#
1.
Objective

The objective
of this work is developing a generic simulated annealing (SA) algorithm to
solve the traveling salesman problem (TSP), which is find the shortest route
through N given cities such that every city is visited exactly once.

#
2.
Concepts and Programming

Simulated
annealing algorithm, first described by
Scott Kirkpatric [2], has its name and inspiration come
from annealing in metallurgy, a technique involving heating and slowly
cooling of a material to increase physical strength and/or reduce defects. When
the temperature is hot, the atoms of the material piece gain high
energy and wander randomly. The slow cooling gives them more chances of finding
configurations with lower internal energy than the initial one [3]. In term of
an optimization algorithm, each step of the SA algorithm replaces the current
solution by a random "neighbor" solution, chosen with a probability
that depends both on the difference between the corresponding function values
(energy) and also on a global parameter T (called
the temperature). The temperature is gradually decreased during the
process. At the beginning, T is large, the "upnhill" moves
(go to higher energy states) are more likely accepted than when T is go to zero
at the end of the process. This allows the SA algorithm move out of the local
minimum at the early states.

Table 1: Pseudo
code of SA algorithm [2]

s ← s0; //
Initial state, energy.e ← E(s)
sbest ← s; //
"best"
solutionebest ← e
k ← 0
while k < kmax and e > emax
//
Trail move to ‘ neighbor’ snew ← neighbor(s)
enew ← E(snew)
//
Accept uphill move if ‘feel lucky’if
P(e, enew, temp(k/kmax)) > random() then
s ← snew;
e ← enew; end // Tracking the best-ever if enew < ebest then
sbest ← snew;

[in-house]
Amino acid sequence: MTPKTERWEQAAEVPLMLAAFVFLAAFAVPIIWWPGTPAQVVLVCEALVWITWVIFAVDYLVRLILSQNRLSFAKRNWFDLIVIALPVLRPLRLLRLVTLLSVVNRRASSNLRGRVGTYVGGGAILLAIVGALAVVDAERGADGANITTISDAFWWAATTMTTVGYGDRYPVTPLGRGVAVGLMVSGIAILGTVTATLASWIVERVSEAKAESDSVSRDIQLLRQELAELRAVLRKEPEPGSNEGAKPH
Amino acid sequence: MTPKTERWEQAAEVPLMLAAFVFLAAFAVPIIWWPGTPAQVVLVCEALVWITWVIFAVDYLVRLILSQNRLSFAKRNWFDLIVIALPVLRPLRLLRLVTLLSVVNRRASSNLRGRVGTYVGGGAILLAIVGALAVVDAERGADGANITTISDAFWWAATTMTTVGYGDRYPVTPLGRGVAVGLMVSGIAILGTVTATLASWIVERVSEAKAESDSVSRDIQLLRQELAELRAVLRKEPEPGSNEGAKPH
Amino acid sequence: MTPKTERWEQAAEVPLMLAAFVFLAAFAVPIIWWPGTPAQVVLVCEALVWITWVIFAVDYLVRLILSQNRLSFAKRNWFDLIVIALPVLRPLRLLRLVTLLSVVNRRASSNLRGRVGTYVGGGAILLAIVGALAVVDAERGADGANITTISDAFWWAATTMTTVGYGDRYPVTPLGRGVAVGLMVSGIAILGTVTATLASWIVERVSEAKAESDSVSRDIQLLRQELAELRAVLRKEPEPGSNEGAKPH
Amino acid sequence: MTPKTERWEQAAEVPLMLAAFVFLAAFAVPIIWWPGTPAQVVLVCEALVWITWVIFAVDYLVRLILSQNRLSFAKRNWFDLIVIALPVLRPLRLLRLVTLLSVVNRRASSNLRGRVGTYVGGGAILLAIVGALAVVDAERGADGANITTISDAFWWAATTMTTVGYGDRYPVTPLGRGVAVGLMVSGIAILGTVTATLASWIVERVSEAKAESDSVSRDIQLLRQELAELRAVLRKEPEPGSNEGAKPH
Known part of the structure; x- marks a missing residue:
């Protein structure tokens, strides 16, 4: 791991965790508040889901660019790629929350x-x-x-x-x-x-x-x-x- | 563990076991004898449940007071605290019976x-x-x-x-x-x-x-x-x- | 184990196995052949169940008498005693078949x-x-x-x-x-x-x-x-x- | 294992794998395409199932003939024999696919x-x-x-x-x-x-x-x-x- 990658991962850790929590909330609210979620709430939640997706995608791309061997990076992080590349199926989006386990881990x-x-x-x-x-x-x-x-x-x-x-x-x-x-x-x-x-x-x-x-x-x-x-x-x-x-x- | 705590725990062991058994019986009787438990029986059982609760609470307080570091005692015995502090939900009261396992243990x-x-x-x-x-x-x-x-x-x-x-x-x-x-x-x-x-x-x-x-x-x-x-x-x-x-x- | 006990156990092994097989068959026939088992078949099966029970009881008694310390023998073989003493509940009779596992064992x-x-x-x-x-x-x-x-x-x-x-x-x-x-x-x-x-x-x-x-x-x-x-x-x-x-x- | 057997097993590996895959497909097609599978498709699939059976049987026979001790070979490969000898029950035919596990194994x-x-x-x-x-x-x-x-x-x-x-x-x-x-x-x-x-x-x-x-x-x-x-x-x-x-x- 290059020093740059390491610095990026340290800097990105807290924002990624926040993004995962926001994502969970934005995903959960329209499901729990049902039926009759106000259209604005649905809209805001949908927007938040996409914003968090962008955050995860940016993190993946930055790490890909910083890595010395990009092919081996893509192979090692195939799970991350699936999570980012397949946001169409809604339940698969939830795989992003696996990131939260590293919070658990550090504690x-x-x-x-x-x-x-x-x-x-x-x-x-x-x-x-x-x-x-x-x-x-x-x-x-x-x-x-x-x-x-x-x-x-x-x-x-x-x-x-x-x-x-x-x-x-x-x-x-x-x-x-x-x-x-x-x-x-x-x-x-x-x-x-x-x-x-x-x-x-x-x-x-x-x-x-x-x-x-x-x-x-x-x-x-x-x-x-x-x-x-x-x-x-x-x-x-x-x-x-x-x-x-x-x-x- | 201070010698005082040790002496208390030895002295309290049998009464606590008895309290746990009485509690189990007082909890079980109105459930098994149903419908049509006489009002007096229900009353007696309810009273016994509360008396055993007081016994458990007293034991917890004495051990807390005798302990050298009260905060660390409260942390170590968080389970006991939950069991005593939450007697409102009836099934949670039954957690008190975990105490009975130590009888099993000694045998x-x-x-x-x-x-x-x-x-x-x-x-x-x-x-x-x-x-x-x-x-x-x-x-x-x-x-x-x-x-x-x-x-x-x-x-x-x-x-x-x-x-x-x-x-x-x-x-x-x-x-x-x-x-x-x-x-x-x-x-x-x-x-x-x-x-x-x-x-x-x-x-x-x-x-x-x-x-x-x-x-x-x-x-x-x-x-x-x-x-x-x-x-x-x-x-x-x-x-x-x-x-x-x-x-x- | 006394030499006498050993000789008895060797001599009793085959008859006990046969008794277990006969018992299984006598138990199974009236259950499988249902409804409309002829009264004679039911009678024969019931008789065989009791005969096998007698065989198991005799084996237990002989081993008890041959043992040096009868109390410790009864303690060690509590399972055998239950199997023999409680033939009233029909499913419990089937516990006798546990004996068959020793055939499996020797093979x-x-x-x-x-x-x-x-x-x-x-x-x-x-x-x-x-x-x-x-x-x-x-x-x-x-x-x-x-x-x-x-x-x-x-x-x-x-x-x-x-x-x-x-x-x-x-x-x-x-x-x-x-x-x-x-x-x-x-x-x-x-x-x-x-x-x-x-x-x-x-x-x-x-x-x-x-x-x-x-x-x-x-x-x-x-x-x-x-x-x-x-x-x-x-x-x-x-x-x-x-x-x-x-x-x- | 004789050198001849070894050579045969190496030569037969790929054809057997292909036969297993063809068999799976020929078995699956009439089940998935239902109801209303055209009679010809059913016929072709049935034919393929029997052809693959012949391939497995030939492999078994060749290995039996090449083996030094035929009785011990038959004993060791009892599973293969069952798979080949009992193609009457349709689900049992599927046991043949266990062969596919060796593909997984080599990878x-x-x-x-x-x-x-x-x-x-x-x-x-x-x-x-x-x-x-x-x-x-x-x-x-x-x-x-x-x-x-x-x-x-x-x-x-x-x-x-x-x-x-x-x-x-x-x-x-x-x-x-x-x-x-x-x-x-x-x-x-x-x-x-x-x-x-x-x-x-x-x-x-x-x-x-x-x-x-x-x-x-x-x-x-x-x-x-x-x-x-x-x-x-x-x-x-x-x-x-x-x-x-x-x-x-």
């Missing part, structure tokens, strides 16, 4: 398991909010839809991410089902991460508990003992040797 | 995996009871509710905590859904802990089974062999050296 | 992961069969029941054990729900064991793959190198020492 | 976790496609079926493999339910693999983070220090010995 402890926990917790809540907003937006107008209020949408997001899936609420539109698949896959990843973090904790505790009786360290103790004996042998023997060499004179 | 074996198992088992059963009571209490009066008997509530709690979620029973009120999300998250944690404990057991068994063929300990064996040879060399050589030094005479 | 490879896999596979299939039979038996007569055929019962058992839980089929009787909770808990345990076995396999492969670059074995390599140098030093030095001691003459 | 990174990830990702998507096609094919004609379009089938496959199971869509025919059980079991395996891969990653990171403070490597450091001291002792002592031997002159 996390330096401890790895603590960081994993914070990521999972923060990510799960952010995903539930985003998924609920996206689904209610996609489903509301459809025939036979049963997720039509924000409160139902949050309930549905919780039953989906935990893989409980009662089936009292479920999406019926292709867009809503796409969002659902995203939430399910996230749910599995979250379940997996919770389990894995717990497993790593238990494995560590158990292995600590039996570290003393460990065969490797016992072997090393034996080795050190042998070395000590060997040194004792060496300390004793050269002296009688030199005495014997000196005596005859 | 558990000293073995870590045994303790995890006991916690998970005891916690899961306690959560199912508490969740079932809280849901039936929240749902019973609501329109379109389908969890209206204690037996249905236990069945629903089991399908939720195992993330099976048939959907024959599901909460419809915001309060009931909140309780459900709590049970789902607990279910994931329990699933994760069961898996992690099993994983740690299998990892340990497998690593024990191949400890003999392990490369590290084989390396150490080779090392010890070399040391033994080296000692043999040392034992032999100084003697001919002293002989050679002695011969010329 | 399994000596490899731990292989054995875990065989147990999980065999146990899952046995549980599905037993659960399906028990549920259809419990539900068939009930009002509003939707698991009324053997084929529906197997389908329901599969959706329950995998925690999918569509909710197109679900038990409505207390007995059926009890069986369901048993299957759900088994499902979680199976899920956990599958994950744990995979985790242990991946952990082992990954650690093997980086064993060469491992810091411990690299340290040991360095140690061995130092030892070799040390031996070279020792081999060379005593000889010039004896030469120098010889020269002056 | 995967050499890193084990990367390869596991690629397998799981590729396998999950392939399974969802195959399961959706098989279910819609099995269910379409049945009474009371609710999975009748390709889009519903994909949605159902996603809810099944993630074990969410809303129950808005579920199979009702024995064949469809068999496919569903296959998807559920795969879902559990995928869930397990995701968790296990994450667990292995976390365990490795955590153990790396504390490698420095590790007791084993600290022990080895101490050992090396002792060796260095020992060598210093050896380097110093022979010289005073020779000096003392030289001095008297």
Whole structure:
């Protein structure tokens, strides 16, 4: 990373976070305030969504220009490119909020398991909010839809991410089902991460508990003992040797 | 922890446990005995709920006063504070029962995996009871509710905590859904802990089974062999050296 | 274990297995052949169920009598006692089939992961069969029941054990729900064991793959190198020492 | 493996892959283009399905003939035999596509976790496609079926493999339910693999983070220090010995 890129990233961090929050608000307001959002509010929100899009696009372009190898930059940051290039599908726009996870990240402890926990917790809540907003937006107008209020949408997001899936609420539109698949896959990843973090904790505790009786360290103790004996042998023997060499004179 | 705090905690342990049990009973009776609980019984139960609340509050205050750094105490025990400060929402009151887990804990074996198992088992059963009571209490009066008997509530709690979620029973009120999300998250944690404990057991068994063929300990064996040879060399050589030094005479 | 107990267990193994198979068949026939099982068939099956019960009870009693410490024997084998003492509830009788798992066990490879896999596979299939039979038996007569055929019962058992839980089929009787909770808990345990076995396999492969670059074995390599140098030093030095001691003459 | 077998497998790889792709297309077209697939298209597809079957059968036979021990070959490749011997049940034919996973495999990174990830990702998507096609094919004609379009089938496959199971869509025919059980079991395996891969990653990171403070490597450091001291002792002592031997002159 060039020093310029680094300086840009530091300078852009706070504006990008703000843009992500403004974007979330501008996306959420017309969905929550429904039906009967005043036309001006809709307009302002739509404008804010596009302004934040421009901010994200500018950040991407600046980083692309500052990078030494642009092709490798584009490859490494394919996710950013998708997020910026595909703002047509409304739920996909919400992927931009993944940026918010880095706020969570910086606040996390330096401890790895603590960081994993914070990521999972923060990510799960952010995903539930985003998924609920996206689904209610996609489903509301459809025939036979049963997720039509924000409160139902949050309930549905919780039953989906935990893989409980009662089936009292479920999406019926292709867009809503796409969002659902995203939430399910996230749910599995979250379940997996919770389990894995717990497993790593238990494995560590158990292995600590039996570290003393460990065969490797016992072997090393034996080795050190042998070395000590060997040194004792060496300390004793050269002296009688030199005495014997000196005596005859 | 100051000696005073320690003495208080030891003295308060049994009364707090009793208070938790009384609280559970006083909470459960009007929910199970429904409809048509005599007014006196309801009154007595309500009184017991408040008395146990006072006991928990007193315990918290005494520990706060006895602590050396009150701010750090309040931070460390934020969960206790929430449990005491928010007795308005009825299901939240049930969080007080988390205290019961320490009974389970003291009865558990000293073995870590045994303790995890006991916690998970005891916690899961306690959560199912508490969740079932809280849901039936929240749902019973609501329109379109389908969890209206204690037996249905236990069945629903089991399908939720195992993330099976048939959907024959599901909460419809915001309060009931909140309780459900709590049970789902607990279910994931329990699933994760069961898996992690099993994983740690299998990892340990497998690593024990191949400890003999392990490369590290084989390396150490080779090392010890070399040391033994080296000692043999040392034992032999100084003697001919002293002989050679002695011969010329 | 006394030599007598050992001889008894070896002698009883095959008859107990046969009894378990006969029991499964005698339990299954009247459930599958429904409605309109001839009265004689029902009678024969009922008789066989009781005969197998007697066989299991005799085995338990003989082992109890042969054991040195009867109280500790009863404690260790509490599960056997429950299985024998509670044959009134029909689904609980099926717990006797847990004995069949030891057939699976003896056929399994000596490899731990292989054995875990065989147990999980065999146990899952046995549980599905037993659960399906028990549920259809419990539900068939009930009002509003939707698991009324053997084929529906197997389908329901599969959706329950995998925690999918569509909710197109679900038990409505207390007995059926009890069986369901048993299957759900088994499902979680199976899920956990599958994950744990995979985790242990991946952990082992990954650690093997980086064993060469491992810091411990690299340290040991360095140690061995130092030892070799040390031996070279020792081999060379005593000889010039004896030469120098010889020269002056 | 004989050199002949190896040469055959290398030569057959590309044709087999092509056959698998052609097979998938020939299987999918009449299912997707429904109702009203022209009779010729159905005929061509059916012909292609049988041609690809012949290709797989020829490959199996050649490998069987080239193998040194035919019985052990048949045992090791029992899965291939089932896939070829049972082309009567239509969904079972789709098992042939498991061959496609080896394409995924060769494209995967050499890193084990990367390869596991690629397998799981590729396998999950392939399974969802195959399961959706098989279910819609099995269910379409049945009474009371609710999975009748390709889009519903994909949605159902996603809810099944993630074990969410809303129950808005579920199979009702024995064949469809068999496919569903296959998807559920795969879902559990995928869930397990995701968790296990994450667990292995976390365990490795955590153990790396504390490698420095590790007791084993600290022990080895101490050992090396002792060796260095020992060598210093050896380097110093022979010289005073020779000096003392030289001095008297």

ebest ← enew end
k ← k + 1
return sbest |

There are different schemes to accept the “uphill”
move as well as to reduce the temperature, such as Fast Cauchy, Geometric, or
Boltzmann’s methods as given in [1]- lecture 3, page 5. The pseudo code for generic SA algorithm is given in
[2] as Table 1.

Actually, the "pure" SA algorithm as
described in [1] does not keep track of the best solution found so far: it does
not use the variables sbest and ebest, it lacks the
second if inside the loop, and, at the end, it returns the current
state s instead of sbest. While remembering the best state is a
standard technique in optimization that can be used in any meta-heuristic, it
does not have an analogy with physical annealing — since a physical system can
"store" a single state only.

In TSP problem:

- Each state “s” is represented by a combinatory of N
cities’ indexes.

- The energy E(s) is a function to compute the total
travel distance of visiting N cities following the route or the state s.

- The initial sate or route s is selected randomly.

- The “neighbor” of s is implemented by swapping 2
random cities of the route s. There are 2 ways to swap: swap the two vertices
or swap the two edges as described in [1]-lecture 3, page 17, and are both
implemented in my code (See Code listing section)

- The probability to accept a move is P = exp(- DE/kT) = exp(-(enew-e)/kT)

- Update temperature T = αT, where 0<α<1

# 3. Some Results

SA process |

The convergence of SA |

GUI (Graphic User Interface) written in Matlab |

http://www.mathworks.com/matlabcentral/fileexchange/9612-traveling-salesman-problem-tsp-using-simulated-annealing . So what the difference?

Main thing is the speed. I am inspired by his work, but after downloaded, I found that his program could take "forever" for 101 cities. Could not sit and wait, (not a patient person) so I wrote this program. Most of the time, it just needs less than 10 seconds for 101 cities (including time for plot). For 500 cities, it may take 1 minutes.

Next time, I will upload the code and talk about using SA for solving N-Queens problem.

#
References

1.
Gary Yen. ECEN
5773 Intelligent Systems- Fall 2011 lecture notes. Oklahoma State University,
2011

2. Kirkpatrick, S., C. D.
Gelatt Jr., M. P. Vecchi, "Optimization by Simulated Annealing",

*Science*, 220, 4598, 671-680, 1983.
## 5 comments:

Is your code available?

sir, could you send your code to me?

i need your help

samsul.eepis@gmail.com

sir, could you send tour code to me.

i need your help

samsul.eepis@gmail.com

Hello,

Is the code available? I could not find the code listing section.

Thanks.

Where is your code? you've said that you would post it

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